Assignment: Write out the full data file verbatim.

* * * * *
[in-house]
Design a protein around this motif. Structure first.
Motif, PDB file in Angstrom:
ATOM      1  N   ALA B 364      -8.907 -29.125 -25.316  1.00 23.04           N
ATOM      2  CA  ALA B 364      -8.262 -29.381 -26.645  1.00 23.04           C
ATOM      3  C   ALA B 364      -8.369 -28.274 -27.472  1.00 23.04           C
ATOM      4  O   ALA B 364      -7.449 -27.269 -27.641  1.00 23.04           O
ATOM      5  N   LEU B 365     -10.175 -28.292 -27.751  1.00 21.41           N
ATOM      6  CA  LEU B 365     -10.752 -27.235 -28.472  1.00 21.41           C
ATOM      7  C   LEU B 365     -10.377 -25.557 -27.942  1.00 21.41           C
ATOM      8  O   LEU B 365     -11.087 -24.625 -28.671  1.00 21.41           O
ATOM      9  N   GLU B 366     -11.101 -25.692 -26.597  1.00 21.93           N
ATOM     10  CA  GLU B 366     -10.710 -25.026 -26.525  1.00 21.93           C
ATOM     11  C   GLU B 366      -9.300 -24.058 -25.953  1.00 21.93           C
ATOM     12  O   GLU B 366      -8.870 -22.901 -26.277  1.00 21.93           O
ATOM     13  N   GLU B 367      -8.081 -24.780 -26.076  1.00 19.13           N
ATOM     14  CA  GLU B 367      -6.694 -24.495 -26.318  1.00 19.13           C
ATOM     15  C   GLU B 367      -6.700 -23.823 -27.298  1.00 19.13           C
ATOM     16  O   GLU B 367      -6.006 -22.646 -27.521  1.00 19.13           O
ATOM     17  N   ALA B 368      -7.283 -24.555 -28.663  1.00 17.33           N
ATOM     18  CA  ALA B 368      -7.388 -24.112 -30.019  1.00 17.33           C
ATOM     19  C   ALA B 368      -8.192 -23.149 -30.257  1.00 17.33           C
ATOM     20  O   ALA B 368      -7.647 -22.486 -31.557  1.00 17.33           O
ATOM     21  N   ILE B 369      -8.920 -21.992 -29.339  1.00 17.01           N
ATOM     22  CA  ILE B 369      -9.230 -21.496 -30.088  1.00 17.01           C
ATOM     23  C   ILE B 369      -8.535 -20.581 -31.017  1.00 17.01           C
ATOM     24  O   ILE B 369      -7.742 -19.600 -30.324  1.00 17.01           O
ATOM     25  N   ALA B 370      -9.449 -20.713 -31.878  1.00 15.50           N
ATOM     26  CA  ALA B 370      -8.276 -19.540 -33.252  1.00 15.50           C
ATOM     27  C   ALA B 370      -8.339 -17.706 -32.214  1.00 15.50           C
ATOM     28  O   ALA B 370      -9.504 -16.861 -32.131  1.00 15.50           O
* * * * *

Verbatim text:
[in-house]
Design a protein around this motif. Structure first.
Motif, PDB file in Angstrom:
ATOM      1  N   ALA B 364      -8.907 -29.125 -25.316  1.00 23.04           N
ATOM      2  CA  ALA B 364      -8.262 -29.381 -26.645  1.00 23.04           C
ATOM      3  C   ALA B 364      -8.369 -28.274 -27.472  1.00 23.04           C
ATOM      4  O   ALA B 364      -7.449 -27.269 -27.641  1.00 23.04           O
ATOM      5  N   LEU B 365     -10.175 -28.292 -27.751  1.00 21.41           N
ATOM      6  CA  LEU B 365     -10.752 -27.235 -28.472  1.00 21.41           C
ATOM      7  C   LEU B 365     -10.377 -25.557 -27.942  1.00 21.41           C
ATOM      8  O   LEU B 365     -11.087 -24.625 -28.671  1.00 21.41           O
ATOM      9  N   GLU B 366     -11.101 -25.692 -26.597  1.00 21.93           N
ATOM     10  CA  GLU B 366     -10.710 -25.026 -26.525  1.00 21.93           C
ATOM     11  C   GLU B 366      -9.300 -24.058 -25.953  1.00 21.93           C
ATOM     12  O   GLU B 366      -8.870 -22.901 -26.277  1.00 21.93           O
ATOM     13  N   GLU B 367      -8.081 -24.780 -26.076  1.00 19.13           N
ATOM     14  CA  GLU B 367      -6.694 -24.495 -26.318  1.00 19.13           C
ATOM     15  C   GLU B 367      -6.700 -23.823 -27.298  1.00 19.13           C
ATOM     16  O   GLU B 367      -6.006 -22.646 -27.521  1.00 19.13           O
ATOM     17  N   ALA B 368      -7.283 -24.555 -28.663  1.00 17.33           N
ATOM     18  CA  ALA B 368      -7.388 -24.112 -30.019  1.00 17.33           C
ATOM     19  C   ALA B 368      -8.192 -23.149 -30.257  1.00 17.33           C
ATOM     20  O   ALA B 368      -7.647 -22.486 -31.557  1.00 17.33           O
ATOM     21  N   ILE B 369      -8.920 -21.992 -29.339  1.00 17.01           N
ATOM     22  CA  ILE B 369      -9.230 -21.496 -30.088  1.00 17.01           C
ATOM     23  C   ILE B 369      -8.535 -20.581 -31.017  1.00 17.01           C
ATOM     24  O   ILE B 369      -7.742 -19.600 -30.324  1.00 17.01           O
ATOM     25  N   ALA B 370      -9.449 -20.713 -31.878  1.00 15.50           N
ATOM     26  CA  ALA B 370      -8.276 -19.540 -33.252  1.00 15.50           C
ATOM     27  C   ALA B 370      -8.339 -17.706 -32.214  1.00 15.50           C
ATOM     28  O   ALA B 370      -9.504 -16.861 -32.131  1.00 15.50           O